Georgia, the JWs & human rights: Help the police – beat yourself up

The lamentable record of ill-treatment of religious minorities in Georgia has been in the news again…

The complaint

In Begheluri & Ors v Georgia [2014] ECHR 1032, a group of Jehovah’s Witnesses complained of thirty cases of alleged religiously-motivated violence and assault. At least four were allegedly carried out with the direct participation of the police and other representatives of the authorities, while twelve were carried out by a group of Orthodox believers run by one Basil Mkalavishvili (aka “Father Basil”, a priest defrocked by the Georgian Orthodox Church). In passing, Mkalavishvili has previous for this: see Gldani Congregation of Jehovah’s Witnesses & Ors v Georgia [2007] ECHR 1160. Moreover:

“Although in all the cases the applicants complained to the investigation authorities,in only a few of the cases did they receive a written response. In at least fifteen of the cases, when the applicants challenged the inactivity and ignorance of the law enforcement authorities, the courts refused to hear their complaints” [6]

The applicants alleged violation of Article 3 (inhuman or degrading treatment) ECHR and Article 9 (thought, conscience and religion), both of them taken separately and in conjunction with Article 14 (discrimination). They produced numerous statements in support of their allegations [6ff]; moreover, the Parliamentary Assembly of the Council of Europe [73], the UN Human Rights Committee on Georgia [74], the UN Committee against Torture [75], the European Commission against Racism and Intolerance [76], the Parliamentary Committee on Cooperation between the European Union and Georgia [77], Human Rights Watch [78], Amnesty International [79] and others [80 & 81] had all expressed serious concerns at Georgia’s persistent infringement of freedom of religion and persecution of religious minorities.

The judgment

The Court observed that Article 3 ECHR was

“… one of the most fundamental provisions of the Convention and as enshrining core values of the democratic societies making up the Council of Europe. In contrast to the other provisions in the Convention, it is cast in absolute terms, without exception or proviso, or the possibility of derogation…” [96].

It further observed that where an individual raised an arguable claim of treatment infringing Article 3 at the hands of agents of the respondent state or as a result of acts performed by private persons with the atate’s acquiescence or connivance, Article 3 required by implication that there should be an effective official investigation capable of leading to the identification and punishment of those responsible [98]. Moreover, the authorities were obliged to take action as soon as an official complaint was lodged:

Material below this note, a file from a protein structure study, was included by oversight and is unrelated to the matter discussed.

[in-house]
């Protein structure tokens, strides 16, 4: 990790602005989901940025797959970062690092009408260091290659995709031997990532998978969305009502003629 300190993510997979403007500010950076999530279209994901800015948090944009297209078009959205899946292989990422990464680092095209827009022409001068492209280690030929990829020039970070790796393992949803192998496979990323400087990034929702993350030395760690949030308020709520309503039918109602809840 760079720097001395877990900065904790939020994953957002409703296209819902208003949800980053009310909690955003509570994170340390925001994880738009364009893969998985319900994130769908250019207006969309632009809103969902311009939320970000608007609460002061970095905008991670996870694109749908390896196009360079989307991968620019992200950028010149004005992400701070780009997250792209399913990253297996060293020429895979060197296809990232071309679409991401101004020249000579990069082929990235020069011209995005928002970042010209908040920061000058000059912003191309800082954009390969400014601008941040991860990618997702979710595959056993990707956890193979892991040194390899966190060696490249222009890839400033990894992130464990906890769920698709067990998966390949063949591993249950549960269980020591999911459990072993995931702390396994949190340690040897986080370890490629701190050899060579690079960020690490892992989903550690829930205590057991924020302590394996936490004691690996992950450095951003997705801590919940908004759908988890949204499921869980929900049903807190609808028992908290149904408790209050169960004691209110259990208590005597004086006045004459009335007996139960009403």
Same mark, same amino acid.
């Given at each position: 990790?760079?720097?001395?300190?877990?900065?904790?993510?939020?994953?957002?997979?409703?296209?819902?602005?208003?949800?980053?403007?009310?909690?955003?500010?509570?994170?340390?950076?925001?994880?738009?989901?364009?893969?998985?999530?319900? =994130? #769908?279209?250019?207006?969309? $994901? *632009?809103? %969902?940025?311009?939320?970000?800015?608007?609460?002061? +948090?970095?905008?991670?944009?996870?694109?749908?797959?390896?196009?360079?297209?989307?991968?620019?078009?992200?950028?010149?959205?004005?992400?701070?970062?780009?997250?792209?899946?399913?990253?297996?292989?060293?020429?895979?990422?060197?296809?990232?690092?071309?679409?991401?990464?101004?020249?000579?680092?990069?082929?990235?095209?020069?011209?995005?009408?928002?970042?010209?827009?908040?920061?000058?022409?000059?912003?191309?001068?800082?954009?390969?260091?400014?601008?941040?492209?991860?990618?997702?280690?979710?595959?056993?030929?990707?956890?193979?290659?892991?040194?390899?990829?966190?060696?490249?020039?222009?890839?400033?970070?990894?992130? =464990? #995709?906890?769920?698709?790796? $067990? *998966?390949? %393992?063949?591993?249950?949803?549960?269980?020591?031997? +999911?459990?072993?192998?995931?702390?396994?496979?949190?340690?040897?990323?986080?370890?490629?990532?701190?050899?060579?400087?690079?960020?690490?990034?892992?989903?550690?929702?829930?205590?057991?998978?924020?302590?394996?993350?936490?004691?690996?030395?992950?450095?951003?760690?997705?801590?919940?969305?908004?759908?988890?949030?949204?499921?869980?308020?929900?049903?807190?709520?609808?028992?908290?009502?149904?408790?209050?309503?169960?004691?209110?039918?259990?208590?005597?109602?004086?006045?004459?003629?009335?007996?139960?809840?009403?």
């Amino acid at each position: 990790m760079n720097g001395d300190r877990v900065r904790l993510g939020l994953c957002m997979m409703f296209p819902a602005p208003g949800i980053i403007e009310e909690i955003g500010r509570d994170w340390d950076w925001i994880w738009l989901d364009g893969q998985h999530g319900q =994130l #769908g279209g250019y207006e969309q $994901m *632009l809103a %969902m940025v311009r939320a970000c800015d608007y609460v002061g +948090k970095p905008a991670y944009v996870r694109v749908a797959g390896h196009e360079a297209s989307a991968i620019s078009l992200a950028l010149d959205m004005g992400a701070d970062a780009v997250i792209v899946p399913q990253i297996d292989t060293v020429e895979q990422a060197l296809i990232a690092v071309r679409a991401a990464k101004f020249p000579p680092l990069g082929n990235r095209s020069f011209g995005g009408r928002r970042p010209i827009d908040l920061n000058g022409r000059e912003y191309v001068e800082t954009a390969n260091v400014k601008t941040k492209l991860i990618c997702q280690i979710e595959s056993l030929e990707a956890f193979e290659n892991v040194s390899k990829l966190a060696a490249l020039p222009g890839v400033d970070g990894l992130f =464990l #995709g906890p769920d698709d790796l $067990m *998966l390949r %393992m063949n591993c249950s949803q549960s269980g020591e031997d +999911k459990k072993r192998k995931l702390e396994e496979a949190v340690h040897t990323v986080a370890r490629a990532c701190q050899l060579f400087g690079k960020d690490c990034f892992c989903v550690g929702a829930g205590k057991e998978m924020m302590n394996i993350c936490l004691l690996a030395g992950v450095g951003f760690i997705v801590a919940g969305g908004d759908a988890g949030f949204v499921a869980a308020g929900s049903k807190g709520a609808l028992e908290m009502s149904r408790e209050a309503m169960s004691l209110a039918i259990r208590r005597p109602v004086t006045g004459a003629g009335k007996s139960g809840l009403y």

“Even in the absence of an express complaint, an investigation should be undertaken if there are other sufficiently clear indications that torture or ill-treatment might have occurred. A requirement of promptness and reasonable expedition is implicit in this context. A prompt response by the authorities in investigating allegations of ill-treatment may generally be regarded as essential in maintaining public confidence in their maintenance of the rule of law and in preventing any appearance of collusion in or tolerance of unlawful acts…”[99].

On the facts, the Court declared that some of the complaints were inadmissible but held that in the remainder there had been violations of Article 3 and Article 9, both taken separately and in conjunction with Article 14. No separate question arose under Article 13 (effective remedy).


 At para 145 the Court observed that

“The Georgian authorities created a climate of impunity, which ultimately encouraged other attacks against Jehovah’s Witnesses throughout the country”

– which is quite disgraceful. Moreover, the application was lodged in 22 July 2002: over twelve years ago.

The fact that the case has taken so long to resolve says a lot about the ECtHR backlog and the difficulty of reducing it. Moreover, the Jehovah’s Witnesses’ website claims that though the situation has greatly improved since 2004,

“the Witnesses in Georgia nevertheless continue to experience sporadic attacks and harassment. In 2013, there were 53 reported incidents of violence against the Witnesses”.

To which there is nothing one can usefully add.

One thought on “Georgia, the JWs & human rights: Help the police – beat yourself up

  1. Pingback: Georgia, the JWs & human rights again: Tsartsidze & Ors | Law & Religion UK

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